Democratic Rep. Alexandria Ocasio-Cortez of New York has the sizzle but not much substance to show for it, according to a new study.
The Center for Effective Lawmaking reviewed the 21 bills Ocasio-Cortez introduced in the previous Congress and found she got a great big goose egg for results.
Her legislation never was acted upon by a House committee, had no floor votes and resulted in a grand total of zero new laws, the study showed.
“She introduced a lot of bills, but she was not successful at having them receive any sort of action in committee or beyond committee and if they can’t get through committee they cannot pass the House,” Alan Wiseman, a Vanderbilt political scientist and co-director of the center, told the New York Post.
“It’s clear that she was trying to get her legislative agenda moving and engage with the lawmaking process,” Wiseman said. “But she wasn’t as successful as some other members were — even among [other] freshmen — at getting people to pay attention to her legislation.”
The Green New Deal, with which Ocasio-Cortez was linked, was only a resolution, which meant that passage in the Democrat-controlled House accomplished nothing substantive.
Anyone else find it odd that @AOC has never introduced legislation (just a resolution) for her trademark ‘Green New Deal’ plan?
— Jackson Hinkle (@jacksonhinklle) March 30, 2021
The Post quoted “Democratic House insiders” as saying that Ocasio-Cortez alienated many colleagues.
“Tweeting is easy, governing is hard. You need to have friends. You need to understand the committee process, you need to be willing to make sacrifices,” one said. “Her first day in Congress … she decided to protest outside of Nancy Pelosi’s office.”
A second insider said “legislation was never her focus. It was media and narrative.”
The study ranked her 230th out of 240 Democrats, and dead last in the 19-member New York Democratic delegation.
Geez who would have thought that AOC was ineffective?
— The Ant Man (@TheAntMan11) April 3, 2021
The Post noted that Democratic Rep. Ilhan Omar of Minnesota, a pal of Ocasio-Cortez’s in “the squad” of House progressives, introduced 33 bills that went nowhere, landing in 214th place on the list. Fellow squad member Democratic Rep. Rashida Tlaib of Michigan made it to 92nd place by having one bill become law while three advanced to a committee.
Former New York Rep. Nita Lowey, who retired last year after a 32-year career in Congress, was declared the House’s most successful Democrat in her final term, a ranking she snagged largely owing to her job as chairwoman of the powerful Appropriations Committee. Of the 29 major bills she introduced, seven ultimately became law.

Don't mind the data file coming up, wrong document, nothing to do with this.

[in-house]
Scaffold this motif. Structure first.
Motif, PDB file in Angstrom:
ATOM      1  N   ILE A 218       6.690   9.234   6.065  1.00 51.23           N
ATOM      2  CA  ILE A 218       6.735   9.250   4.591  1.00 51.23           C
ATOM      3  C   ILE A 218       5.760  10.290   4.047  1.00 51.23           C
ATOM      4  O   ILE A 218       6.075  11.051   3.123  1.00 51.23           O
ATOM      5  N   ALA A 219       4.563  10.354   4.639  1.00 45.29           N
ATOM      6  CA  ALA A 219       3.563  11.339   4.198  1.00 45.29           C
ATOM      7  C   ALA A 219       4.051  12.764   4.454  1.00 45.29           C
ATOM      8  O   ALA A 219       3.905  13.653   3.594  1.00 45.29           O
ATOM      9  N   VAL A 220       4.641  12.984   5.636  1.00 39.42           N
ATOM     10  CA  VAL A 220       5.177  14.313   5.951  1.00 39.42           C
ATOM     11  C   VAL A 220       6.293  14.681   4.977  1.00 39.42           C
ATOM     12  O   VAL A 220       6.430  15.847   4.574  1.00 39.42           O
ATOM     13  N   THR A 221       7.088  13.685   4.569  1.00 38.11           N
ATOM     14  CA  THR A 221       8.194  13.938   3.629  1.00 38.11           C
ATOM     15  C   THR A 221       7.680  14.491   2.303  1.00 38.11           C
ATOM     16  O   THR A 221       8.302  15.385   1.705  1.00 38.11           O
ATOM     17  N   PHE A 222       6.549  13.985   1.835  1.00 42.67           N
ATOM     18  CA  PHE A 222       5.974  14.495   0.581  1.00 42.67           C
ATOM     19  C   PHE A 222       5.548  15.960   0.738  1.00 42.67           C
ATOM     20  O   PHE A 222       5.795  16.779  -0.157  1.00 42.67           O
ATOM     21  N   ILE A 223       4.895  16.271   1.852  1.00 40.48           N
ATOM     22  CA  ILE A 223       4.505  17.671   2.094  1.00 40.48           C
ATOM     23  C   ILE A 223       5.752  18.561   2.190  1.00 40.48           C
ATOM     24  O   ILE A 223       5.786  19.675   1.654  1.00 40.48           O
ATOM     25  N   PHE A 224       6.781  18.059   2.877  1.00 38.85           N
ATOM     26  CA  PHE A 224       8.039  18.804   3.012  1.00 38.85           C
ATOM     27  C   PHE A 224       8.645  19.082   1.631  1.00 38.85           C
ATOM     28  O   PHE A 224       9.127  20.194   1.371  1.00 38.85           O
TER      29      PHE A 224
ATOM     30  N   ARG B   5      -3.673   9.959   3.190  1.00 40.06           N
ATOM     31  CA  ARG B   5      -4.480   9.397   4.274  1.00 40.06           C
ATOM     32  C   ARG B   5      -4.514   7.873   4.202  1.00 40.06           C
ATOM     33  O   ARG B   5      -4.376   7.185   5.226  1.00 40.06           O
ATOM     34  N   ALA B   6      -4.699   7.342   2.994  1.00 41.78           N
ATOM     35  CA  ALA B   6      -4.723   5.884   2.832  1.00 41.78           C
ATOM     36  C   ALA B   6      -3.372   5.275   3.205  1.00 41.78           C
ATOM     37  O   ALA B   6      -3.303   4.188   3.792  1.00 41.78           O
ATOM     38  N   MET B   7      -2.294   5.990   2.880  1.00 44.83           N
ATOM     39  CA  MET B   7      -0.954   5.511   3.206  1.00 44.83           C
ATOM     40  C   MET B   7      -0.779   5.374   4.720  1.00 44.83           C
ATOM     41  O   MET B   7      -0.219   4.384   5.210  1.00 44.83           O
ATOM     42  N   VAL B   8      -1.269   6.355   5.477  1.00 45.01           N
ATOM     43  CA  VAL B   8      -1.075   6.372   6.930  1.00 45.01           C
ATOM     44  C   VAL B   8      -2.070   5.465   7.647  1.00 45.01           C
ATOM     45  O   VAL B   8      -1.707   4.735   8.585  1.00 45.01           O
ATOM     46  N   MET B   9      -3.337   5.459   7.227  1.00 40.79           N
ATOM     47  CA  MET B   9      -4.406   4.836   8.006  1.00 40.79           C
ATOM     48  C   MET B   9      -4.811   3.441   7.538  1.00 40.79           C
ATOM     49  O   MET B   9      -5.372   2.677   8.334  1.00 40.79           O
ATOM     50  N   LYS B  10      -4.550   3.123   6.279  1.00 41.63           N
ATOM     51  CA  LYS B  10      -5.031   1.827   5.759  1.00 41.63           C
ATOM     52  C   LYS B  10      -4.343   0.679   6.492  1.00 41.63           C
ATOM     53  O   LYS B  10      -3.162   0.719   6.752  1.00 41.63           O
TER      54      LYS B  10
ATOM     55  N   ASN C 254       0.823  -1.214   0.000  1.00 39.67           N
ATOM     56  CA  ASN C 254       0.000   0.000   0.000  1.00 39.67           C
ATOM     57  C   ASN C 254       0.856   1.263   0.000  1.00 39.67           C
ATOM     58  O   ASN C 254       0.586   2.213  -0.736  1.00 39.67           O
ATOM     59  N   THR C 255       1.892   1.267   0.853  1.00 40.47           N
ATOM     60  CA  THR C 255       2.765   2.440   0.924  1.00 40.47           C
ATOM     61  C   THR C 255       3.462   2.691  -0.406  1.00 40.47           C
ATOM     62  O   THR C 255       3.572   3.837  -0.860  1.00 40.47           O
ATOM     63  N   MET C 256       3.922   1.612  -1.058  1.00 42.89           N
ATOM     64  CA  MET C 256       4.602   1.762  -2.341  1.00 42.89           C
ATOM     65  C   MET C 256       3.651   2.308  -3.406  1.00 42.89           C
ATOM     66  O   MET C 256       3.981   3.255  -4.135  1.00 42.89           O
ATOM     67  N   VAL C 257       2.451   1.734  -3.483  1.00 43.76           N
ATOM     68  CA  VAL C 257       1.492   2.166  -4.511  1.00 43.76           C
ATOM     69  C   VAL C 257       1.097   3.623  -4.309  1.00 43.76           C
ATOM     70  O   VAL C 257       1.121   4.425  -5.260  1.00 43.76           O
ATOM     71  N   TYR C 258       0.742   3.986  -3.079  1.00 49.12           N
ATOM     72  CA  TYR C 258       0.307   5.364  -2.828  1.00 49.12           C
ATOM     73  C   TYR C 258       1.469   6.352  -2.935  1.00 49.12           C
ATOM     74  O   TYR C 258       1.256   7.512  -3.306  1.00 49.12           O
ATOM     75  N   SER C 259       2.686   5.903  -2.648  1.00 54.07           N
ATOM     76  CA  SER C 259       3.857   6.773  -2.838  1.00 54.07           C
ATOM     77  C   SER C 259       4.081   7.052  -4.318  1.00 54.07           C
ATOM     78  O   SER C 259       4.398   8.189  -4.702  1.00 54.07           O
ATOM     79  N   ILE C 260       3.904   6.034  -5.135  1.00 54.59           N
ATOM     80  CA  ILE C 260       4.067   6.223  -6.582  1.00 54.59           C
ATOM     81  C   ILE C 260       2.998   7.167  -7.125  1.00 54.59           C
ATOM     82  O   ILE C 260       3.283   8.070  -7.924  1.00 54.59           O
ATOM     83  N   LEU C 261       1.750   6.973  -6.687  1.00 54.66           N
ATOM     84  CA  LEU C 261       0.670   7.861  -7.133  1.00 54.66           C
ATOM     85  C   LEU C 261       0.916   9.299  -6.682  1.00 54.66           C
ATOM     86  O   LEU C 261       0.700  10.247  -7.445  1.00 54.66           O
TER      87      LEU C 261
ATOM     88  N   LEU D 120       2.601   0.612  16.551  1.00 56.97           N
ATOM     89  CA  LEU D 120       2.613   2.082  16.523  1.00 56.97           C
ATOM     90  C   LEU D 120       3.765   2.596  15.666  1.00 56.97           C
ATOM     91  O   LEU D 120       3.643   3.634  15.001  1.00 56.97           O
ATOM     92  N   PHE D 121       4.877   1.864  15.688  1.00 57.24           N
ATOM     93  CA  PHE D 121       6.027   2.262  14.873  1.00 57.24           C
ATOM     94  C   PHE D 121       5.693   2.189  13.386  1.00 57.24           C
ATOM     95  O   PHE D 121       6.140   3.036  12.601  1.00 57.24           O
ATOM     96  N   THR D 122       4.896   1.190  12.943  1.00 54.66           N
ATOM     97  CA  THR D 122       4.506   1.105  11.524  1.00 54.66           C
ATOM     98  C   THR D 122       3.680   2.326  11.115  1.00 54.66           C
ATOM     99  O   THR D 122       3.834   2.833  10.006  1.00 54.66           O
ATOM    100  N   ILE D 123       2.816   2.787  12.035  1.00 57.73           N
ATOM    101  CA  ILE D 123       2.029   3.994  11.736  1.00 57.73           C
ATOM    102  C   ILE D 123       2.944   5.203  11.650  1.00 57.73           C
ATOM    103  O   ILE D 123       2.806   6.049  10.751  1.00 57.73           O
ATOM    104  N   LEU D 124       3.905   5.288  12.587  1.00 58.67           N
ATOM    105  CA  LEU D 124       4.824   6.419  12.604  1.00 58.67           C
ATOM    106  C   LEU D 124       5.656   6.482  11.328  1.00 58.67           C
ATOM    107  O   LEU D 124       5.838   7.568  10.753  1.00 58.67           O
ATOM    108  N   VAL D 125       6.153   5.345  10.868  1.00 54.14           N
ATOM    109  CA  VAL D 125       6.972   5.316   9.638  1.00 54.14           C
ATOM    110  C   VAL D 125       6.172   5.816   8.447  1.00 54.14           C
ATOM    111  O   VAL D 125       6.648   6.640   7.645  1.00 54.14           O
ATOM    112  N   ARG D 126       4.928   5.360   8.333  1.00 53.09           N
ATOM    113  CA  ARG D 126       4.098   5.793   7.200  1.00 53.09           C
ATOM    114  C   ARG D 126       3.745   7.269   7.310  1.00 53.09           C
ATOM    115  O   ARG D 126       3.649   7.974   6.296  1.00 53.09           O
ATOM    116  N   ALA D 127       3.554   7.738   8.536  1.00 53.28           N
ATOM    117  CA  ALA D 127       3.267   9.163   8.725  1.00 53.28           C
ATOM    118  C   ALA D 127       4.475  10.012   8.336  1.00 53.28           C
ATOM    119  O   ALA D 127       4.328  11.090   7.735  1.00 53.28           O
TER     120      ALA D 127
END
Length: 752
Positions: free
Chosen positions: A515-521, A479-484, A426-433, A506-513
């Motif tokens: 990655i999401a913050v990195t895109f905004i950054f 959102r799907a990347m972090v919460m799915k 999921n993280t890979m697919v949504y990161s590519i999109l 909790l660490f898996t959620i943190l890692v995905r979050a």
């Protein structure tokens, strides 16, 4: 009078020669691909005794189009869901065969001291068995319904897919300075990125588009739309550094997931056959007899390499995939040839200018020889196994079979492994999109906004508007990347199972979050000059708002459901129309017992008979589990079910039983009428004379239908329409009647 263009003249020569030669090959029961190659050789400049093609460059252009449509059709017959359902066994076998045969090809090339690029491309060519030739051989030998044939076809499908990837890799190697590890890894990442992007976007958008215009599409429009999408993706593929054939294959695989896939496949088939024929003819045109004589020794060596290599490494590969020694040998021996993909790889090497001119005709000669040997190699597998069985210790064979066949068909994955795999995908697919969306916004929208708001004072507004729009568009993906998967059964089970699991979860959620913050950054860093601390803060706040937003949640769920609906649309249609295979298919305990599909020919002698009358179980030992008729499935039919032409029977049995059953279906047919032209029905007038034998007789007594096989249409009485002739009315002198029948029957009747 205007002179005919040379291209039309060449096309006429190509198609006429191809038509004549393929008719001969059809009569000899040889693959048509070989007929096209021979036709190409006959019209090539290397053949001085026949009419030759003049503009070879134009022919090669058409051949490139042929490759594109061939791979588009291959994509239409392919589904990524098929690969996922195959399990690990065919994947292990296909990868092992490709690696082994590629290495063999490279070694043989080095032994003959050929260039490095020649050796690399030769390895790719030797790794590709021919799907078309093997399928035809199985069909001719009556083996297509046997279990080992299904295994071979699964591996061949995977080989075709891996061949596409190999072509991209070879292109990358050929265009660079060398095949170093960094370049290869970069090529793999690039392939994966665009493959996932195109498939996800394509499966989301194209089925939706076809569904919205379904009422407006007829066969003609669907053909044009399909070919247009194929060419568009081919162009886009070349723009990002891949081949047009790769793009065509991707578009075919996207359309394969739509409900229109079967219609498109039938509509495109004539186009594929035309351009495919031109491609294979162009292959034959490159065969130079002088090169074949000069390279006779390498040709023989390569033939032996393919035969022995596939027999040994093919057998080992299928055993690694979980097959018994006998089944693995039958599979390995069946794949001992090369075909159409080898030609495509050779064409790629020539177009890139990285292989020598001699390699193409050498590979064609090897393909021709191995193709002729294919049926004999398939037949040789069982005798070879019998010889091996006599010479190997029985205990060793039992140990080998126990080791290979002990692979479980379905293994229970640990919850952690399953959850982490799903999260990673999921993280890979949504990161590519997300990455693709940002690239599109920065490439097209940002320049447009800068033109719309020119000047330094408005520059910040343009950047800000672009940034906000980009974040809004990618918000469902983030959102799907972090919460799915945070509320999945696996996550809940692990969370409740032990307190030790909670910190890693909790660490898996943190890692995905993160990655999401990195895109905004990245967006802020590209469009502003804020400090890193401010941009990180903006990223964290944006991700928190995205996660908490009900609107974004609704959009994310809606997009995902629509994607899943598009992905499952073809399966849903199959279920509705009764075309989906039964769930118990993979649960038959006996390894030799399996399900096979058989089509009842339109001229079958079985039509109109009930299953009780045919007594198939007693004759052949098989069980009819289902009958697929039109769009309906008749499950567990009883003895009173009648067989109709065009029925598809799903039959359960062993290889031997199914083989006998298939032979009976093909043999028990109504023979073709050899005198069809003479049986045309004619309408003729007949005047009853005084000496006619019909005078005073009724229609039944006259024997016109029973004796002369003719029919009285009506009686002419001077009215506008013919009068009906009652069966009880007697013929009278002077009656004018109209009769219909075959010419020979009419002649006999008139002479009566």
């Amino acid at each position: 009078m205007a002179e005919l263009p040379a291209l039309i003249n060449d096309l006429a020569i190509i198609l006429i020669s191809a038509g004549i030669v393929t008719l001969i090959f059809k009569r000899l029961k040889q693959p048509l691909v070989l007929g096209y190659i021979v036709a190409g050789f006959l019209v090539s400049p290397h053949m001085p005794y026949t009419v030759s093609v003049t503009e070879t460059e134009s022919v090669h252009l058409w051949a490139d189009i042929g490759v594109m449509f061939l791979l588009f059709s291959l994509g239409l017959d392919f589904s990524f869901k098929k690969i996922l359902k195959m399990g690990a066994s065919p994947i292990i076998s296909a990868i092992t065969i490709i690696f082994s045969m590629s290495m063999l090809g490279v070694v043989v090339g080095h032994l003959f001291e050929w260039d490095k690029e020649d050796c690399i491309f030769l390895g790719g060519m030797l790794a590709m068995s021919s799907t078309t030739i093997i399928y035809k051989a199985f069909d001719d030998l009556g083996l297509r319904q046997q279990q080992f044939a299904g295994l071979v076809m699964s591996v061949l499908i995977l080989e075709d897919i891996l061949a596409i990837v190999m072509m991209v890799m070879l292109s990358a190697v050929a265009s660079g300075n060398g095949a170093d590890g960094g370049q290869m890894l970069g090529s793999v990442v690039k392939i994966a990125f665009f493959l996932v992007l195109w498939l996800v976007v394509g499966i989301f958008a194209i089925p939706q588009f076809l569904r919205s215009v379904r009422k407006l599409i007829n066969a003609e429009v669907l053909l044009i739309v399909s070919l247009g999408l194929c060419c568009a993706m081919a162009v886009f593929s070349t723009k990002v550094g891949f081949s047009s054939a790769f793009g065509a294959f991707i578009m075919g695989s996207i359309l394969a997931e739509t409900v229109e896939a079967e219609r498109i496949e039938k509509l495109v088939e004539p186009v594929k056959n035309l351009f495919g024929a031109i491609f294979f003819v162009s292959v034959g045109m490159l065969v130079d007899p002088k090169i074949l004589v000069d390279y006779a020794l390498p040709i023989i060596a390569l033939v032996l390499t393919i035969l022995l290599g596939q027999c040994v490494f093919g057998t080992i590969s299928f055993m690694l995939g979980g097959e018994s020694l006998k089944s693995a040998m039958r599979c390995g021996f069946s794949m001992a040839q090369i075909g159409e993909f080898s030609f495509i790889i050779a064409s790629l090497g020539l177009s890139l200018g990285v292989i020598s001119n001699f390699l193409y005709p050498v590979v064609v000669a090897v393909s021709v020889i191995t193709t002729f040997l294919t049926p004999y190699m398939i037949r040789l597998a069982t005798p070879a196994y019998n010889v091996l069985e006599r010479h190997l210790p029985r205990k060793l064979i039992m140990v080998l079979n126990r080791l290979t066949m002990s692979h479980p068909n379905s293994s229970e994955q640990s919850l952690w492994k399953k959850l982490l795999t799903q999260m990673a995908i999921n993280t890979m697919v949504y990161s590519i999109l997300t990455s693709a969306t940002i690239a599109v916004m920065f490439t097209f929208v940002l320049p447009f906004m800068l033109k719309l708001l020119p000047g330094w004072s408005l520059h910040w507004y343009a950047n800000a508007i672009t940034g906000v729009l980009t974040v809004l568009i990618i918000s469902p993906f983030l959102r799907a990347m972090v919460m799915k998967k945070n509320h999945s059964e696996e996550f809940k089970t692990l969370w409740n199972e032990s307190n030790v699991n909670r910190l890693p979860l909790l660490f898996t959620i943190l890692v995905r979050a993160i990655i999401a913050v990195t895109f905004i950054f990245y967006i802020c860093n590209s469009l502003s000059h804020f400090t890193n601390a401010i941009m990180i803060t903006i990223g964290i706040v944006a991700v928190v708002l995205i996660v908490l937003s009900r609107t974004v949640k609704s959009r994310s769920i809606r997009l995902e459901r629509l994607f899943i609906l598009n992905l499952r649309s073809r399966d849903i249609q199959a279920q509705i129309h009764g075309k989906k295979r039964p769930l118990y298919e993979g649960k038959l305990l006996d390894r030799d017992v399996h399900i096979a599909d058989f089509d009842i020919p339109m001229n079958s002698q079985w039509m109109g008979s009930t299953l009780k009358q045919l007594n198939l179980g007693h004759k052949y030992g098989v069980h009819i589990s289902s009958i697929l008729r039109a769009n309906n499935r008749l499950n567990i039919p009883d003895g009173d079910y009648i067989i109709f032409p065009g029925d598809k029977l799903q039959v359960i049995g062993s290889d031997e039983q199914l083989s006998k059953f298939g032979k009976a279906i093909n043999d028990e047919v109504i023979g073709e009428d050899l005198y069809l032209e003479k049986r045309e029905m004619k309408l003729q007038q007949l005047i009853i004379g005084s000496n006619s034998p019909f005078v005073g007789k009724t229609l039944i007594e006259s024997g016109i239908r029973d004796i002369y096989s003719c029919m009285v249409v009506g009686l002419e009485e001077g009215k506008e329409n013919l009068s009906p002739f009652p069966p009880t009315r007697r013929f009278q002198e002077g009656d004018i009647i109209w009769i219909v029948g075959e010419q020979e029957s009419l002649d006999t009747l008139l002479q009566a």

Just behind Lowey in the Democratic rankings were Oregon Rep. Peter DeFazio and fellow New York Rep. Carolyn Maloney.
Among Republicans, Rep. Michael McCaul of Texas was rated No. 1, followed by New Jersey’s Christopher Smith and New York’s John Katko.
In the upper chamber, Democratic Sen. Gary Peters of Michigan was rated as most effective. No. 2 was Republican Sen. Marco Rubio of Florida.
“While political talking points and ideology-fueled headlines may gather more attention, bill advancement is the key to effectiveness for every elected lawmaker in Congress,” Craig Volden, professor of public policy and politics at the University of Virginia’s Frank Batten School of Leadership and Public Policy, said in a statement.
“The Center for Effective Lawmaking is committed to undertaking legislative effectiveness research as a valuable tool, allowing American citizens to understand which officials are overcoming gridlock through bill sponsorship and advancement,” Volden said.
Wiseman said in a statement, “Even in these politically challenging times, bipartisanship appears to pay off for those who seek to advance their legislative initiatives.”
“The secret to success for Sen. Gary Peters, the most effective lawmaker of the Senate in the 116th Congress, was in coalition-building,” he said. “Sen. Peters had at least one Republican co-sponsor on each of his successful bills; and it was often the case that more Republicans than Democrats signed onto his bills.
“This alone is an accomplishment, as more than 93 percent of Democratic senators’ bills died in committee in this congress.”
Republicans controlled the Senate in the period covered by the survey, but it is now in Democrats’ hands.
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